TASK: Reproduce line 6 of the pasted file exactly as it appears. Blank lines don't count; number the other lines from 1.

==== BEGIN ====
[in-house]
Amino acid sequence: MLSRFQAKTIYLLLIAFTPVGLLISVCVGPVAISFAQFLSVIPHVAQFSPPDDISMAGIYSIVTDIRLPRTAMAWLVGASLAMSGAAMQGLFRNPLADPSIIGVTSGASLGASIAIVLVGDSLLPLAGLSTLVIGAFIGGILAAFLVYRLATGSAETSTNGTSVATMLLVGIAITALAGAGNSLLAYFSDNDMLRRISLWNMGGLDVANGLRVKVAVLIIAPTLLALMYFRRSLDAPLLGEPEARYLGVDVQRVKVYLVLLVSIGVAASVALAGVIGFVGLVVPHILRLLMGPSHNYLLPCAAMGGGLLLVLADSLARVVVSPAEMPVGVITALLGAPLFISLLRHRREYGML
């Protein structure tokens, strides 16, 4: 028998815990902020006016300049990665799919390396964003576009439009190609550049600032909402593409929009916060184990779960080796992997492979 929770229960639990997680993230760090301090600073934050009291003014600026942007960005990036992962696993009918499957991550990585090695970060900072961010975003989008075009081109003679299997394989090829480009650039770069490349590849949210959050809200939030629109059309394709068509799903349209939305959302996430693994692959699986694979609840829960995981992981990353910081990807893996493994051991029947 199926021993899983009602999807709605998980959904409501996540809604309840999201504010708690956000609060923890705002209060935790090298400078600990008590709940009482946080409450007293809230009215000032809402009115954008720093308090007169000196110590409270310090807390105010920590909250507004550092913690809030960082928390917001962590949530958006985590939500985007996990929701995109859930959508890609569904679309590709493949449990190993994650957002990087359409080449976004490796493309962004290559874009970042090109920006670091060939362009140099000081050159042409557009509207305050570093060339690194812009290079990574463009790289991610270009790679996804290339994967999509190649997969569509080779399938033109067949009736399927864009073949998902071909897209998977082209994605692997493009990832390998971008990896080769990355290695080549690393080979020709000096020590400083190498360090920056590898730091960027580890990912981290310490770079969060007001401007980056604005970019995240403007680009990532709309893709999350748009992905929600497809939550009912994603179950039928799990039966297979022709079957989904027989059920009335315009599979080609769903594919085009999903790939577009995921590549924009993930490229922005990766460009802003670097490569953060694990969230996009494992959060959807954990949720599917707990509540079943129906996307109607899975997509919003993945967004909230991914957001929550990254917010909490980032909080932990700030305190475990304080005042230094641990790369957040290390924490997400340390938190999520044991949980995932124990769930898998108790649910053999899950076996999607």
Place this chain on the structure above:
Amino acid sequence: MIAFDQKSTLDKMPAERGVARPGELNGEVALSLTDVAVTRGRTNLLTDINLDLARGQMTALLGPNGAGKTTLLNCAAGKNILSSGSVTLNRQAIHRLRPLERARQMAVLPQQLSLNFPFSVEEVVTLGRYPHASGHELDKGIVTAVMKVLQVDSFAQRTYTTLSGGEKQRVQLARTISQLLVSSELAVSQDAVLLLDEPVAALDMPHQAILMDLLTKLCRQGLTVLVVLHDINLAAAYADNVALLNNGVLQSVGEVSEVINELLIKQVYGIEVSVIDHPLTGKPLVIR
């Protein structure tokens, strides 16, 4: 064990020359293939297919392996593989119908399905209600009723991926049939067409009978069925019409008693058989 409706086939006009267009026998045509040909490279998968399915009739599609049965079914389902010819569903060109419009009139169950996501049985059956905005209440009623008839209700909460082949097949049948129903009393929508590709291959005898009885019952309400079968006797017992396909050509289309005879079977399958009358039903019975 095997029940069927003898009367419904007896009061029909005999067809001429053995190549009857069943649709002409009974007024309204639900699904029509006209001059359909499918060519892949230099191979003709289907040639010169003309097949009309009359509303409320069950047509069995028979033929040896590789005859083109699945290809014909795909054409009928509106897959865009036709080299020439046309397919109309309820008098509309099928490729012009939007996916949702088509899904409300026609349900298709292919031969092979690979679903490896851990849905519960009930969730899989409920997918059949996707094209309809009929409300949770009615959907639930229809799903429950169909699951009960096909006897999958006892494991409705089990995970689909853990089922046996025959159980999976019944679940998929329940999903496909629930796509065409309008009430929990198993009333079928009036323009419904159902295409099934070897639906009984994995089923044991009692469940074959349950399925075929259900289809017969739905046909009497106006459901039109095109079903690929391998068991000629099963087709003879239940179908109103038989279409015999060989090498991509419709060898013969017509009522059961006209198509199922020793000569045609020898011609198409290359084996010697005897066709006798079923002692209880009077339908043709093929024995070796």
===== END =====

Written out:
């Protein structure tokens, strides 16, 4: 064990020359293939297919392996593989119908399905209600009723991926049939067409009978069925019409008693058989 409706086939006009267009026998045509040909490279998968399915009739599609049965079914389902010819569903060109419009009139169950996501049985059956905005209440009623008839209700909460082949097949049948129903009393929508590709291959005898009885019952309400079968006797017992396909050509289309005879079977399958009358039903019975 095997029940069927003898009367419904007896009061029909005999067809001429053995190549009857069943649709002409009974007024309204639900699904029509006209001059359909499918060519892949230099191979003709289907040639010169003309097949009309009359509303409320069950047509069995028979033929040896590789005859083109699945290809014909795909054409009928509106897959865009036709080299020439046309397919109309309820008098509309099928490729012009939007996916949702088509899904409300026609349900298709292919031969092979690979679903490896851990849905519960009930969730899989409920997918059949996707094209309809009929409300949770009615959907639930229809799903429950169909699951009960096909006897999958006892494991409705089990995970689909853990089922046996025959159980999976019944679940998929329940999903496909629930796509065409309008009430929990198993009333079928009036323009419904159902295409099934070897639906009984994995089923044991009692469940074959349950399925075929259900289809017969739905046909009497106006459901039109095109079903690929391998068991000629099963087709003879239940179908109103038989279409015999060989090498991509419709060898013969017509009522059961006209198509199922020793000569045609020898011609198409290359084996010697005897066709006798079923002692209880009077339908043709093929024995070796």